Gloster Gladiator Vol.1 Book Review
By Ray Mehlberger
|Date of Review||April 2009||Title||Gloster Gladiator|
|Author||Alex Crawford||Publisher||Mushroom Model Publications/Stratus|
|Format||272 pages, softbound||MSRP (BP)||£24.99|
Mushroom Models Publications (MMP) is a publishing company based in in Redbourn, Herts, UK. They are patnered with Stratus Publications in Sandomierz, Poland, where they are printed in English. The book is available from MMP.
This new book is in soft-cover format of 272 pages. Of all the aircraft books I have received in the past from MMP, this one has the MOST pages ever. The pages are of 8 ¼” x 11 ¾” size.
The book describes the design, development and operational history of the Gloster Gladiator, the last biplane fighter used by the RAF. Developed from the Gauntlet, the Gladiator entered squadron service in February 1937. Although essentially obsolete even then, with the Hurricane and Spitfire also coming into service, Gladiators served with many RAF squadrons at home and abroad, and was drafted into service as a carrier-based fighter by the Fleet Air Arm. In British service the Gladiator had significant front-line wartime service, and remained on second-line duties until 1945.
The Gladiator was used by a wide selection of air arms before and during WWII, and saw active service with many of them, from African desert sands to the Arctic wastes of northern Finland. The full operational history of the type is described and illustrated in this book, which is a major update of Alex Crawford’s best-selling earlier edition from MMP. So much extra information has come to light and been included in this present work that it has had to be extended into two volumes, and in larger format. This second book will be titled “Gloster Gladiator, Vol. 2, The Survivors in Detail” and available in the future from MMP.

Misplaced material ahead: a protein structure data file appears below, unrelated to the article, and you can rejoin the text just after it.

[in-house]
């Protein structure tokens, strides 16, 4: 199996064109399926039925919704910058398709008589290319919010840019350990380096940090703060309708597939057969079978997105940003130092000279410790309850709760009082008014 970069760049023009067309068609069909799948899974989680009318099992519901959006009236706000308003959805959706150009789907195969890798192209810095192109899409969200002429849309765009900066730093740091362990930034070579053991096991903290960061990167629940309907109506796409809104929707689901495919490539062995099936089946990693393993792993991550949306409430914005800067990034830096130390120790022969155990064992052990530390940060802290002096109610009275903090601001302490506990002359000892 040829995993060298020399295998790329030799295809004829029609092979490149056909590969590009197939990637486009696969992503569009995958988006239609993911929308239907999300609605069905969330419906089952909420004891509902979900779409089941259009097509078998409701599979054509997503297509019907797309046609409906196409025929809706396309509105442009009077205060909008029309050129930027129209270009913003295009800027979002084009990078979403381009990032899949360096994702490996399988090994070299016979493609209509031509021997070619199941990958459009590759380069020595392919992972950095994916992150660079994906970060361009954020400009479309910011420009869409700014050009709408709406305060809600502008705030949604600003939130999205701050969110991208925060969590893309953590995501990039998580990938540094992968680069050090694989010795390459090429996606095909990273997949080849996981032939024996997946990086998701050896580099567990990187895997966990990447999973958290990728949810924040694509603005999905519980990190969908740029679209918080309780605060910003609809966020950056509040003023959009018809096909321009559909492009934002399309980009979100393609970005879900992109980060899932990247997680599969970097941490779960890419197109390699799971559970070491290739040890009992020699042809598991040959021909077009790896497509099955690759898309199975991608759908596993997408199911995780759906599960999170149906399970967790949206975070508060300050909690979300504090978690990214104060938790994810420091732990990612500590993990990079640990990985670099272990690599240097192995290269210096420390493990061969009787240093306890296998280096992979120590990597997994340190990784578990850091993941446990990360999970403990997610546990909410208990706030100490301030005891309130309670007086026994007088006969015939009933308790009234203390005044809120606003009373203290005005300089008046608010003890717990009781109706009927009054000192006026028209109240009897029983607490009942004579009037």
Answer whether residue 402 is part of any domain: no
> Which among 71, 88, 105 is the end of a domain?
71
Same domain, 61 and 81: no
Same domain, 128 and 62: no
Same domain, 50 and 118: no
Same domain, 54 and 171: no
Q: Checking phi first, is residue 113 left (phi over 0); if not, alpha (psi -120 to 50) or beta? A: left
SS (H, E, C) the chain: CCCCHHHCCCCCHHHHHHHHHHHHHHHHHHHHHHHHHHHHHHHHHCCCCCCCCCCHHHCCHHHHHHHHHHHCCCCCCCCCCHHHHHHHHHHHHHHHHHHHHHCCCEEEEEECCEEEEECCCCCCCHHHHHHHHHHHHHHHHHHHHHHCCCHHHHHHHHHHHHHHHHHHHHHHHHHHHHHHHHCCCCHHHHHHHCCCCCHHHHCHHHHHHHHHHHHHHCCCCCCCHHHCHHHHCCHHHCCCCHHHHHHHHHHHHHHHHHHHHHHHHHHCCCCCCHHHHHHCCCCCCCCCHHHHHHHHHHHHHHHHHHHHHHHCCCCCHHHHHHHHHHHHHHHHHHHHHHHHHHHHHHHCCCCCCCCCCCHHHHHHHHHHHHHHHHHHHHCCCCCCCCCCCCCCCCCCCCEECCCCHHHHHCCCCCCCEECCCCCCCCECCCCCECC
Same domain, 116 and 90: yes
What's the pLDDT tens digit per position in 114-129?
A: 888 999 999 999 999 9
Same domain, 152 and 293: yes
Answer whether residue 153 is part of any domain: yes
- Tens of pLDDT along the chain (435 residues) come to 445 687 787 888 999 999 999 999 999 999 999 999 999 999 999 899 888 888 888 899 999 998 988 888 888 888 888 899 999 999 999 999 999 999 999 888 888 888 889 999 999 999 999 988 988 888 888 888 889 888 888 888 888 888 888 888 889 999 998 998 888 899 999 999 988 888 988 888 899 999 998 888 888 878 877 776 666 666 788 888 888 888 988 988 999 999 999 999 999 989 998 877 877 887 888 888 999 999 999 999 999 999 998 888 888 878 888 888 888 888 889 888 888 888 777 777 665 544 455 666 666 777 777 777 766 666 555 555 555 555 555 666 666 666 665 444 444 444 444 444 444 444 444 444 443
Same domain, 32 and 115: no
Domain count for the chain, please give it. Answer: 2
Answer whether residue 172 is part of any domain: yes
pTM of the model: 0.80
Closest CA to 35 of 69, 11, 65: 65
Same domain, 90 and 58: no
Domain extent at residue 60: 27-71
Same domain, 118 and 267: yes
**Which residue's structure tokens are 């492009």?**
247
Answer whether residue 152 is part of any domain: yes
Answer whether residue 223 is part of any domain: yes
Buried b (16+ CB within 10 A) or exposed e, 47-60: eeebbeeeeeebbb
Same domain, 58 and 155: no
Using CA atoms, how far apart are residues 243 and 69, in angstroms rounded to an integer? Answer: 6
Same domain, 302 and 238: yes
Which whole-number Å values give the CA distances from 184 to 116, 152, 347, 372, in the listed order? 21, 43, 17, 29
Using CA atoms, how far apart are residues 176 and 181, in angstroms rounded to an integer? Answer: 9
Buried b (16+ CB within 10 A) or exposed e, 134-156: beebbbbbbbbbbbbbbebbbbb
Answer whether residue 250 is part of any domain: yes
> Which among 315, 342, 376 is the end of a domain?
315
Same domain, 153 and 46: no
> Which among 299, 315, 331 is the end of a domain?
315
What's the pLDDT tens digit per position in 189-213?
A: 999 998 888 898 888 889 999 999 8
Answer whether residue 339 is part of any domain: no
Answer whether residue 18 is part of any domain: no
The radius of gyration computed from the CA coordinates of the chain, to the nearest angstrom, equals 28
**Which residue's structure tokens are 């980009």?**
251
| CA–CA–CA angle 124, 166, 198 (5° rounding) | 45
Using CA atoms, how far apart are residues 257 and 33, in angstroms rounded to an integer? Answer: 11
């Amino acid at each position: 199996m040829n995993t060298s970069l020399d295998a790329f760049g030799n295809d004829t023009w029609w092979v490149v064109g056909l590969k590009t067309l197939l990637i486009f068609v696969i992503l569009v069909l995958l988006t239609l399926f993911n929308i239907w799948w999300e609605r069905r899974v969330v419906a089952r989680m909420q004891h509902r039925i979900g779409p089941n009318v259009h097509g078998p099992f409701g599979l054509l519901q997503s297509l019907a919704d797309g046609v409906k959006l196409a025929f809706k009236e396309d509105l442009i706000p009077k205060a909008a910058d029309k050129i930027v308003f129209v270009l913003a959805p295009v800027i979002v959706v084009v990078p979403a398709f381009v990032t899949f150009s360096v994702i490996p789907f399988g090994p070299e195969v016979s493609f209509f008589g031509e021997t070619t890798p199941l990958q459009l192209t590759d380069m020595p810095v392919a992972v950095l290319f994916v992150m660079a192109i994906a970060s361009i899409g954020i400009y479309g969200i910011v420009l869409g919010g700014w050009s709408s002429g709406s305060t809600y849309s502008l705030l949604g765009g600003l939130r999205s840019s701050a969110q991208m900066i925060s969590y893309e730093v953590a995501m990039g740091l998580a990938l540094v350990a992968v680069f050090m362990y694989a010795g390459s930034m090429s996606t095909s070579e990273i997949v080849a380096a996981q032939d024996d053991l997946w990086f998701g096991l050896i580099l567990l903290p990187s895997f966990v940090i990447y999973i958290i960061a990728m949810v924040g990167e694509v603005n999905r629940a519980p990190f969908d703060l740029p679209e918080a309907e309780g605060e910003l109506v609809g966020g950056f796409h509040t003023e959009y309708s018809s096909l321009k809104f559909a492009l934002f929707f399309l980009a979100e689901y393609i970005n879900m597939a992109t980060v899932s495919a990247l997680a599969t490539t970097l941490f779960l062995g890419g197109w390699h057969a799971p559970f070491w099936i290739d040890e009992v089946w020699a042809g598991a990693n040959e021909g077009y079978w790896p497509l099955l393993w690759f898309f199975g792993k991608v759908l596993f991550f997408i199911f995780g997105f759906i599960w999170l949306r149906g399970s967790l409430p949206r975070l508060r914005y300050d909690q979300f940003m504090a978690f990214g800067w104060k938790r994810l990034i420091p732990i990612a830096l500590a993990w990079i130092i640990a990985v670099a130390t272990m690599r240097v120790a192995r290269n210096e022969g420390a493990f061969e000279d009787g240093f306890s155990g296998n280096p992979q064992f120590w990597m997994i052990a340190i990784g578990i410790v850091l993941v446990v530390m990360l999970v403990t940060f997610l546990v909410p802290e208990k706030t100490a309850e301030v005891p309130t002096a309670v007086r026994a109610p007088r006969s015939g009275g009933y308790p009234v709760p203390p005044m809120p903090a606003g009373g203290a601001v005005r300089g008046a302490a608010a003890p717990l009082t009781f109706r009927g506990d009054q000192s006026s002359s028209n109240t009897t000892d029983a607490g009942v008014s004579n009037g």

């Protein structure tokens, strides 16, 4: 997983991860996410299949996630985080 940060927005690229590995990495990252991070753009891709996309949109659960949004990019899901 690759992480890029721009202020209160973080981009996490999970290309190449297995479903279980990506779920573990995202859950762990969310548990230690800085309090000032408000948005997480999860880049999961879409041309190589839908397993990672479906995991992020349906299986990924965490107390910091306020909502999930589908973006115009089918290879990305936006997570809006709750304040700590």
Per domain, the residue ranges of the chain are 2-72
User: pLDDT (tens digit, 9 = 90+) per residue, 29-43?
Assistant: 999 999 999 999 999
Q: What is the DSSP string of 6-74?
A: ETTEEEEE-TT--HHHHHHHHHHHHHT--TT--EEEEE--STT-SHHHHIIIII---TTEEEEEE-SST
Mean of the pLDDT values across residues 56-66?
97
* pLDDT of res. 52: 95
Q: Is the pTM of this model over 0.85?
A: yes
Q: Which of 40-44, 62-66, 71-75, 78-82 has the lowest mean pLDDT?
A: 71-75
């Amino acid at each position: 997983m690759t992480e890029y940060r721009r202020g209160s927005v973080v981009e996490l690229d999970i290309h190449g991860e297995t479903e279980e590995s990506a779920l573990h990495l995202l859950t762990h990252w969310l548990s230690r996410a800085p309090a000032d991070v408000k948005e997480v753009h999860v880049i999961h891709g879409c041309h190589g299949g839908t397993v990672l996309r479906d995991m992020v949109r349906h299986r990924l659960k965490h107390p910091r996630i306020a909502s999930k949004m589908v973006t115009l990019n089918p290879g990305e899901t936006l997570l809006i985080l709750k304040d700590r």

In volume 1, the design, development and history of the Gladiator is described, with 1/48th scale line drawings (9 of them-some as multi-views) and a 184 black and white wartime photos (mostly of Gladiators, with a few of their pilots thrown in for good measure). There are no less than 58 pages of data lists at the rear of the book and 14 full color profile illustrations.
The cover art is a color shot of the second production Gladiator K6131, during a pre-delivery test flight. This aircraft was delivered to 72 Squadron on 22 February 1937. It served for just over a year before being wrecked in a forced landing. This photo is repeated again, in black and white on page 7.
The back cover of the book has a color photo of a close-up of the plaque that was fitted to F/Lt. Joe Fraser’s Gladiator. The Greek text on it read “Slow but steady”. At the top were a row of X’s that indicated Fraser’s claims, while the X’s at the bottom indicated either damaged or probable kills. There is also a color shot of the cover art for the second future volume of the Gladiator book.
In volume 2, the technical specifications, details of surviving airframes and more color schemes will be presented as well as scale plans and many photos. These 2 volumes, together, will represent the most detailed coverage of this classic biplane fighter available, and invaluable resource for aviation enthusiasts, historians and modelers.